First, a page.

Thanks for the question. Identity Theft is getting out of control in our country. It’s affecting 50 million Americans a year. That’s amazing when there is only 302 million in the United States currently. This problem is on epidemic proportions. There are some great preventative measures. The first step is to check your free credit report as often as you can. You should also set up credit monitoring to get alerted of any critical changes. At our site we provide two of the best two services for identity theft protection, under out identity theft tab.

Mike Clover

Paying off Collections Q & A

Friday, July 4th, 2008

Hello Mike,
I have some questions about collections. I have not pulled my free credit report yet, but I know that I have collections on there. I have had some financial problems in the past due to medical issues. I have read that you should not pay off your collections; it will drop your credit score. The collections I have are about 2 years old. Do you recommend I pay them off, or leave them be? I plan on buying a home within the next year or so.

Leslie Lerner
Denver, Colorado

Hi Leslie,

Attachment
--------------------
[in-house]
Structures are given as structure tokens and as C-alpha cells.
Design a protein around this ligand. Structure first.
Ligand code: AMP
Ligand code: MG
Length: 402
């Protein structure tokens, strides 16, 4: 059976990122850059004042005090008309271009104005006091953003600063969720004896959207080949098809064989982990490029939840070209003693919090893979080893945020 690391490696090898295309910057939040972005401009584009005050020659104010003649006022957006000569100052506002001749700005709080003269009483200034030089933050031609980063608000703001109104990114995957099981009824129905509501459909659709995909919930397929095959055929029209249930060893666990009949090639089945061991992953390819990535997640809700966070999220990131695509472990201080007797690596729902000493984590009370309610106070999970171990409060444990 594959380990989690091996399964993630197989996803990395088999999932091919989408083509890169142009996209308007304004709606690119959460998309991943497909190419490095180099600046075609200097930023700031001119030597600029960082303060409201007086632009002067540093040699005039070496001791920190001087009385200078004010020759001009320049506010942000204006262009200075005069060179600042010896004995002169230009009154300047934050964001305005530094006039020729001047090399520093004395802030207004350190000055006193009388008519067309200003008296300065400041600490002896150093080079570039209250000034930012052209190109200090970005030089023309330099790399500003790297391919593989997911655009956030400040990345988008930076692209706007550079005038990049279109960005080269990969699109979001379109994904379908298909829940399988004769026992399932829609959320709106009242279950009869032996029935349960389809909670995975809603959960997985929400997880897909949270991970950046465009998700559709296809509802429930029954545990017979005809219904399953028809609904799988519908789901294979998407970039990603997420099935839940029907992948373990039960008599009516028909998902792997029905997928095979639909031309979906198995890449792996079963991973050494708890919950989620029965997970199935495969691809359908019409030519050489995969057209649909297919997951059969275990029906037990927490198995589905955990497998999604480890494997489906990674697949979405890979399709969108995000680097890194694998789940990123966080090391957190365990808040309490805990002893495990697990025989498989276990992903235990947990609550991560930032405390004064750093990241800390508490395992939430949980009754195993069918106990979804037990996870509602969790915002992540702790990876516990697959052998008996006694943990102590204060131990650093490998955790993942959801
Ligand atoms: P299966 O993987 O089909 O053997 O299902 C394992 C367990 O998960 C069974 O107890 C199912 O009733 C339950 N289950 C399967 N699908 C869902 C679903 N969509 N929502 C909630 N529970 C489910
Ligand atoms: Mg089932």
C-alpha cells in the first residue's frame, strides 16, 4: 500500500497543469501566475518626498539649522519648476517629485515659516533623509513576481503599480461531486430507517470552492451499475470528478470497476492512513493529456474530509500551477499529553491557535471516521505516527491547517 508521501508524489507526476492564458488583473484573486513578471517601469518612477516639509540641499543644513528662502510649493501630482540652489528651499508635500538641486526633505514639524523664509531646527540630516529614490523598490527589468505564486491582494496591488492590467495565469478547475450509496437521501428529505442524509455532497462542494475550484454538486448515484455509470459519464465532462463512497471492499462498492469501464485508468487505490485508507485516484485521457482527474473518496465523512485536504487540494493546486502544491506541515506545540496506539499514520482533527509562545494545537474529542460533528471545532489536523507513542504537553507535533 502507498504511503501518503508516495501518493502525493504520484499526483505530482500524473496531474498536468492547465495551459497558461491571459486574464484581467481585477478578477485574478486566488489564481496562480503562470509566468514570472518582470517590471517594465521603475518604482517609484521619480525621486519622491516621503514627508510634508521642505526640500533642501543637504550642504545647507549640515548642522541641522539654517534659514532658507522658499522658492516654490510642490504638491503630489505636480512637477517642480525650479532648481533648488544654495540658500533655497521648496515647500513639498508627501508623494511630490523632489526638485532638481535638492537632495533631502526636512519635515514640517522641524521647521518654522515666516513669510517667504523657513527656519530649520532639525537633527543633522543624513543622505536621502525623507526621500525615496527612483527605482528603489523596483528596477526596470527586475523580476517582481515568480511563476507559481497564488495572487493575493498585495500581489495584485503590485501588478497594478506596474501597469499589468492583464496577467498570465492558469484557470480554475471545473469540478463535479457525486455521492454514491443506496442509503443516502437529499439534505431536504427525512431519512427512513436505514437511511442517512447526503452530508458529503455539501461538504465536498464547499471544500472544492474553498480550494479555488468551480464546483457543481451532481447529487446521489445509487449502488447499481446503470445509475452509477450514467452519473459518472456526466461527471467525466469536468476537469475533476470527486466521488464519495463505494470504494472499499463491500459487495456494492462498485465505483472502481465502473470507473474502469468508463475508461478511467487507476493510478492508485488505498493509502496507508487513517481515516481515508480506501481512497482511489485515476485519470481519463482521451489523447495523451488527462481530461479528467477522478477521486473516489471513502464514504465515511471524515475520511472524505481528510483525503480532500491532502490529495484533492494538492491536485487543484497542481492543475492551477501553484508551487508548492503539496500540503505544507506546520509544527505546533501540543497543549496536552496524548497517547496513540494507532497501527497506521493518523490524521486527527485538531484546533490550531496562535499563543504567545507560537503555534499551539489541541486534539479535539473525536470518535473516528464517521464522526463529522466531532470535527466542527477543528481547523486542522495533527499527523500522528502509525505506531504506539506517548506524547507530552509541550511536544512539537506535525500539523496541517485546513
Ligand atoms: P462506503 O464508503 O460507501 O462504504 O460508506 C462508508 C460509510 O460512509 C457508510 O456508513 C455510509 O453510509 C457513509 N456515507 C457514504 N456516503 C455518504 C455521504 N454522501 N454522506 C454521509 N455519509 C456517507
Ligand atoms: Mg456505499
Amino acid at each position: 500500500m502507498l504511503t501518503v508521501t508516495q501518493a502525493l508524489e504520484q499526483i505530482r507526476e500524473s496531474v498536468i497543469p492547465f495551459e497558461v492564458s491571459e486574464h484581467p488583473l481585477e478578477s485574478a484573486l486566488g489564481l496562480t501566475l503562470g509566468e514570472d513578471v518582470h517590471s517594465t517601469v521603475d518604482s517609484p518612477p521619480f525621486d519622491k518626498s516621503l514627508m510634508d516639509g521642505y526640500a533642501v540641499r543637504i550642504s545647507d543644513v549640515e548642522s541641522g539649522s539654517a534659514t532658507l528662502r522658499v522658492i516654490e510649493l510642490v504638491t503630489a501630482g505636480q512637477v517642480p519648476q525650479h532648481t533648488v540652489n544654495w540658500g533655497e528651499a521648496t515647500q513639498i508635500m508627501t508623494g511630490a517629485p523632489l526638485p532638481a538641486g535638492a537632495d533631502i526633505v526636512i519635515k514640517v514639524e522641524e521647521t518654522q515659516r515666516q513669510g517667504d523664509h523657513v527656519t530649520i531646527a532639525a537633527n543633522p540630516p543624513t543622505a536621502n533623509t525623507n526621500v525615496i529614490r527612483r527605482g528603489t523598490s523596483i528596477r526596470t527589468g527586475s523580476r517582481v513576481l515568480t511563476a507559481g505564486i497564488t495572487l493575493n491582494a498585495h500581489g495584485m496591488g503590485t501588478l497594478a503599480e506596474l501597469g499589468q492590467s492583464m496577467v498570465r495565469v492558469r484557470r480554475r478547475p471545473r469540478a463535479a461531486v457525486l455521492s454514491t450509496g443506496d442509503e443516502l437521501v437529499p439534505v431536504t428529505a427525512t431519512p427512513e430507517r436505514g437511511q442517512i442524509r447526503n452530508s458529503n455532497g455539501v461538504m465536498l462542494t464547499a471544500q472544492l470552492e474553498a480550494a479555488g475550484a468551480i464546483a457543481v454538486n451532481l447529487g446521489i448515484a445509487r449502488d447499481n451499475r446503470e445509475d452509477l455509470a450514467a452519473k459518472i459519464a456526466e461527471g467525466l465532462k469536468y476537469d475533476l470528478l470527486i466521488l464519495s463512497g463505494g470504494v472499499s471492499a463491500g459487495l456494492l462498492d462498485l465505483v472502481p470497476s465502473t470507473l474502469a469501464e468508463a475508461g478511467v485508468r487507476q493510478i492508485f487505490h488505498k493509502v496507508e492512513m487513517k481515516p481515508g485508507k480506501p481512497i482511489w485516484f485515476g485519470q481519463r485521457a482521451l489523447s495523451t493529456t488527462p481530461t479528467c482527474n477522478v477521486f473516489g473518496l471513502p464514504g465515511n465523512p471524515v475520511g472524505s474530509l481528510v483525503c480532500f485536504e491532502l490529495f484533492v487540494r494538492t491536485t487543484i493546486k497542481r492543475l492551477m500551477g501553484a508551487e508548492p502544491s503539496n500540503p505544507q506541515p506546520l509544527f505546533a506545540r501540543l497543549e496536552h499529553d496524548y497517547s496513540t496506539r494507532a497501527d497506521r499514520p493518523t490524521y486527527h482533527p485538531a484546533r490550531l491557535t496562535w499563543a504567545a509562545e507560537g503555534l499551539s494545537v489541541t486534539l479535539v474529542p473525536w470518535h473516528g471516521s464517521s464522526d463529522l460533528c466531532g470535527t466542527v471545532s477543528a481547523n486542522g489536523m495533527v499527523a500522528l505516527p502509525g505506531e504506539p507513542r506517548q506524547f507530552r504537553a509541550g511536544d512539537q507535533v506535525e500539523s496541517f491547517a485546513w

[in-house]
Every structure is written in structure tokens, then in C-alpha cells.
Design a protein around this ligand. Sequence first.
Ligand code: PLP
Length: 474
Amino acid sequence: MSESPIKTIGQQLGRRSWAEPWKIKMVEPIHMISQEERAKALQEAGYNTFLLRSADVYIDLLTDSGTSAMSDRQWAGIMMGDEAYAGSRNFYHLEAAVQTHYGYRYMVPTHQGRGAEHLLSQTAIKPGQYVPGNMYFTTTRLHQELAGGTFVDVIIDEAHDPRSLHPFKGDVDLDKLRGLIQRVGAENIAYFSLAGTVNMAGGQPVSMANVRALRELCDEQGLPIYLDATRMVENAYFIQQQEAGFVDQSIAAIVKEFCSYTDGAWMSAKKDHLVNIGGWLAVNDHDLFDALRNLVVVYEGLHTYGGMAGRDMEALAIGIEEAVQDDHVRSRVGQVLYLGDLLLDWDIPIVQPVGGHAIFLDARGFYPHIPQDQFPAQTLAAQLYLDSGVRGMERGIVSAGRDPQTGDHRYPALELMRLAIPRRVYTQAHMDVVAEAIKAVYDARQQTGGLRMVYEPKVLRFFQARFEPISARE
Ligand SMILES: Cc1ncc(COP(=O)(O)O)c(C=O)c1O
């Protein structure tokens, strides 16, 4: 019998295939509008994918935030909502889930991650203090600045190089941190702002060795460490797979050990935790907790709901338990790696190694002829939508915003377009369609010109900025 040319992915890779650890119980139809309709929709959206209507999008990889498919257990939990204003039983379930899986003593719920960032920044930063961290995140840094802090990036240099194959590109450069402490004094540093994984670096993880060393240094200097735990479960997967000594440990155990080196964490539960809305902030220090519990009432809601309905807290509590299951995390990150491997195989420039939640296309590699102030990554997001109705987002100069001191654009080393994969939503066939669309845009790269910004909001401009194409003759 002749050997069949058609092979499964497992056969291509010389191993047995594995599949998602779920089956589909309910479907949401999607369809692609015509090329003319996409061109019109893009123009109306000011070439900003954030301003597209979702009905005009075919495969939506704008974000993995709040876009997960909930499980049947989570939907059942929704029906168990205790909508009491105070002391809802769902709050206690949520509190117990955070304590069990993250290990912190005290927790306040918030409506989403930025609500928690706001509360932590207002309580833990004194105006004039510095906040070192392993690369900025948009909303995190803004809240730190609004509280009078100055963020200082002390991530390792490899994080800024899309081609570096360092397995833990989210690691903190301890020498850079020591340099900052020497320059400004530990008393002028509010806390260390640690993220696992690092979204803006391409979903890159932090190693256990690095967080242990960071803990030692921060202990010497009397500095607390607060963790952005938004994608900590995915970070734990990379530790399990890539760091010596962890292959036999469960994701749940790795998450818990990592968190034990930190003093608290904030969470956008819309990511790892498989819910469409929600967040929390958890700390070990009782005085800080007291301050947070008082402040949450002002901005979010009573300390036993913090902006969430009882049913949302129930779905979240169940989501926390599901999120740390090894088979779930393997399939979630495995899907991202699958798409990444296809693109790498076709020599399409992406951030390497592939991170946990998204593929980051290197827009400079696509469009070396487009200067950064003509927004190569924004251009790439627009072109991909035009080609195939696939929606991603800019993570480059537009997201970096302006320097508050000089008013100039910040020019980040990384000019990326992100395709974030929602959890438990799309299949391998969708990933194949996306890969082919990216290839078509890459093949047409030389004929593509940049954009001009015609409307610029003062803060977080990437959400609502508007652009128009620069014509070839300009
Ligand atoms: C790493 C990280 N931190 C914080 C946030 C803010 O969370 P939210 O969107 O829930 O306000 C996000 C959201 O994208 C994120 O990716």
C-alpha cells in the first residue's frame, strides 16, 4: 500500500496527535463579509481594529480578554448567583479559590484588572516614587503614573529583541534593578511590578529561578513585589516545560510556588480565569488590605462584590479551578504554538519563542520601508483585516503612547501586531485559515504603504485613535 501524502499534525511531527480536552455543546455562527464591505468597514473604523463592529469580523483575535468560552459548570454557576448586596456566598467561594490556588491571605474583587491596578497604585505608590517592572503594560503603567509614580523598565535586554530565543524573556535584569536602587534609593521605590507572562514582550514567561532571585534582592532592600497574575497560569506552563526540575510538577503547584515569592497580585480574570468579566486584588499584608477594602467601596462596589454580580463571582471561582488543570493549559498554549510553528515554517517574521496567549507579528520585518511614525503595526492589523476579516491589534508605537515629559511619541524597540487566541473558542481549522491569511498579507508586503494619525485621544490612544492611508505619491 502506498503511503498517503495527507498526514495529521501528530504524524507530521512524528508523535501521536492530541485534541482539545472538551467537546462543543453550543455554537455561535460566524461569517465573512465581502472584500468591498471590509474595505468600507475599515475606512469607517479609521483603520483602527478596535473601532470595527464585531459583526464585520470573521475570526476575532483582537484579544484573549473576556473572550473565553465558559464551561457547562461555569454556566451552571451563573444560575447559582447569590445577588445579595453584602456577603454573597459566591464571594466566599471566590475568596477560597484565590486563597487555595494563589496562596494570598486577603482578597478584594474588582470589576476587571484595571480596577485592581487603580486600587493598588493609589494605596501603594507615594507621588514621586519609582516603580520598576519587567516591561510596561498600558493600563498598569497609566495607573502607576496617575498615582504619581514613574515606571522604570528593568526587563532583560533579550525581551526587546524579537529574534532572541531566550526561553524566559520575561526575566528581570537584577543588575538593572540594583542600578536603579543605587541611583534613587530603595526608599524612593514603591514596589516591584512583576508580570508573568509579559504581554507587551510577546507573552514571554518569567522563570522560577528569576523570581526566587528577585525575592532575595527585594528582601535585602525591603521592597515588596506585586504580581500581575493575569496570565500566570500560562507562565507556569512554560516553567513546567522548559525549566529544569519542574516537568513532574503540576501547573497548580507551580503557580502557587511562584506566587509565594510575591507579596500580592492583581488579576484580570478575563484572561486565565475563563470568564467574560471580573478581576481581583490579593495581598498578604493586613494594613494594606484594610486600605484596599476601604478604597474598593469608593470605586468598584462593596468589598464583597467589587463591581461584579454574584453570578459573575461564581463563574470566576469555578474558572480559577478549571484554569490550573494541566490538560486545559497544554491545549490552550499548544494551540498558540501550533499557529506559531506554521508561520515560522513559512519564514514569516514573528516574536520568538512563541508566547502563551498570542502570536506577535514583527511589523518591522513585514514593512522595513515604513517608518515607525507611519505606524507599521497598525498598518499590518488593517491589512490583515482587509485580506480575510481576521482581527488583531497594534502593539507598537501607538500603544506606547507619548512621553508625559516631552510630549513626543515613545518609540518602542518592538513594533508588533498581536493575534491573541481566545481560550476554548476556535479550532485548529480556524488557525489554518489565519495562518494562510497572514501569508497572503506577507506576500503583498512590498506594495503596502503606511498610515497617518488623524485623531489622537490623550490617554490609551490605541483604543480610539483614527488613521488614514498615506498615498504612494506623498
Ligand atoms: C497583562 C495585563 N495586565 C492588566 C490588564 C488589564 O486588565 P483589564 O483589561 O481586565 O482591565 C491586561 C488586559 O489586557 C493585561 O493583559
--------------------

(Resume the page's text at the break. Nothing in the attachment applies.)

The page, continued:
This is a great question. Collections can be tricky; usually credit repair companies will tell you not to pay off collections. The reason for this is they are obviously in sales, would be my opinion. I have helped people get there credit scores up for years so I could finance them, by having them pay off the most recent collections. When you pay off collections on a credit report it could go two ways. Your credit scores could temporally drop, but most of the time your credit scores will increase. For long term credit repair I recommend always to pay off collections. It is important to ask the collection agency to give you a letter to delete from all 3 credit bureaus. This will remove the collection from your credit record as if it were never there. Some collection agencies will only give you a letter showing paid or settled. It does not hurt to ask though, because sometimes they will give you a letter to delete the history from the credit bureaus.